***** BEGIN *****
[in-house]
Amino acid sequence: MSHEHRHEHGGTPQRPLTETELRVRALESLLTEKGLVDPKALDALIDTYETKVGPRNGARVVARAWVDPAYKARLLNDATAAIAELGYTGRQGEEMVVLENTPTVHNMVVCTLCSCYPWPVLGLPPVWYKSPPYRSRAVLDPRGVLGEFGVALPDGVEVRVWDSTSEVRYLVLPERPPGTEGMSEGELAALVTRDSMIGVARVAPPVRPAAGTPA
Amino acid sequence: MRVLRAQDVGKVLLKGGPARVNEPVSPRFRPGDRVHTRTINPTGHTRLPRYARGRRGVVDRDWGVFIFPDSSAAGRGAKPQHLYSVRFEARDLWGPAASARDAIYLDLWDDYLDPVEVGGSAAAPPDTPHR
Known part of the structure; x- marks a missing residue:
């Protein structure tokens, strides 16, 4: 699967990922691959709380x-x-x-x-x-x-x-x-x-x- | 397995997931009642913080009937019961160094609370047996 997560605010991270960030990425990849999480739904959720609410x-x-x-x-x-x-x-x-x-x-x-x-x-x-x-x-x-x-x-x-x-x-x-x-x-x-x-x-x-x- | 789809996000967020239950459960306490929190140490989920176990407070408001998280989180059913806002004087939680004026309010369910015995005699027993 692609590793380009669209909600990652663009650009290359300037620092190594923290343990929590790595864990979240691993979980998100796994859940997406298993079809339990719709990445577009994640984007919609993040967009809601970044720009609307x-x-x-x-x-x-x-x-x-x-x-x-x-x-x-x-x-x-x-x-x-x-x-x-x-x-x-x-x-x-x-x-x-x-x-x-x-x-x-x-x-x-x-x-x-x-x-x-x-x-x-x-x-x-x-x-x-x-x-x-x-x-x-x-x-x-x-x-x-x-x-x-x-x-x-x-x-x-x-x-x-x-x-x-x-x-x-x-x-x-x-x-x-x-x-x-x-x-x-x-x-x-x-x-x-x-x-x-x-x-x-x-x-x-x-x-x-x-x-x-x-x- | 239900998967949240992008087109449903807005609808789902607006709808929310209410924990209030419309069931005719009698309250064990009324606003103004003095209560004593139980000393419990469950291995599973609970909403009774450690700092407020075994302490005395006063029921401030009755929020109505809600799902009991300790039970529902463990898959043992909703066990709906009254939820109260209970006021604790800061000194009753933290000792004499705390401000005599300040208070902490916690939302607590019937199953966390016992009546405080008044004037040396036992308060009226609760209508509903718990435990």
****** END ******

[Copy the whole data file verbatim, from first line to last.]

[in-house]
Amino acid sequence: MSHEHRHEHGGTPQRPLTETELRVRALESLLTEKGLVDPKALDALIDTYETKVGPRNGARVVARAWVDPAYKARLLNDATAAIAELGYTGRQGEEMVVLENTPTVHNMVVCTLCSCYPWPVLGLPPVWYKSPPYRSRAVLDPRGVLGEFGVALPDGVEVRVWDSTSEVRYLVLPERPPGTEGMSEGELAALVTRDSMIGVARVAPPVRPAAGTPA
Amino acid sequence: MRVLRAQDVGKVLLKGGPARVNEPVSPRFRPGDRVHTRTINPTGHTRLPRYARGRRGVVDRDWGVFIFPDSSAAGRGAKPQHLYSVRFEARDLWGPAASARDAIYLDLWDDYLDPVEVGGSAAAPPDTPHR
Known part of the structure; x- marks a missing residue:
């Protein structure tokens, strides 16, 4: 699967990922691959709380x-x-x-x-x-x-x-x-x-x- | 397995997931009642913080009937019961160094609370047996 997560605010991270960030990425990849999480739904959720609410x-x-x-x-x-x-x-x-x-x-x-x-x-x-x-x-x-x-x-x-x-x-x-x-x-x-x-x-x-x- | 789809996000967020239950459960306490929190140490989920176990407070408001998280989180059913806002004087939680004026309010369910015995005699027993 692609590793380009669209909600990652663009650009290359300037620092190594923290343990929590790595864990979240691993979980998100796994859940997406298993079809339990719709990445577009994640984007919609993040967009809601970044720009609307x-x-x-x-x-x-x-x-x-x-x-x-x-x-x-x-x-x-x-x-x-x-x-x-x-x-x-x-x-x-x-x-x-x-x-x-x-x-x-x-x-x-x-x-x-x-x-x-x-x-x-x-x-x-x-x-x-x-x-x-x-x-x-x-x-x-x-x-x-x-x-x-x-x-x-x-x-x-x-x-x-x-x-x-x-x-x-x-x-x-x-x-x-x-x-x-x-x-x-x-x-x-x-x-x-x-x-x-x-x-x-x-x-x-x-x-x-x-x-x-x-x- | 239900998967949240992008087109449903807005609808789902607006709808929310209410924990209030419309069931005719009698309250064990009324606003103004003095209560004593139980000393419990469950291995599973609970909403009774450690700092407020075994302490005395006063029921401030009755929020109505809600799902009991300790039970529902463990898959043992909703066990709906009254939820109260209970006021604790800061000194009753933290000792004499705390401000005599300040208070902490916690939302607590019937199953966390016992009546405080008044004037040396036992308060009226609760209508509903718990435990």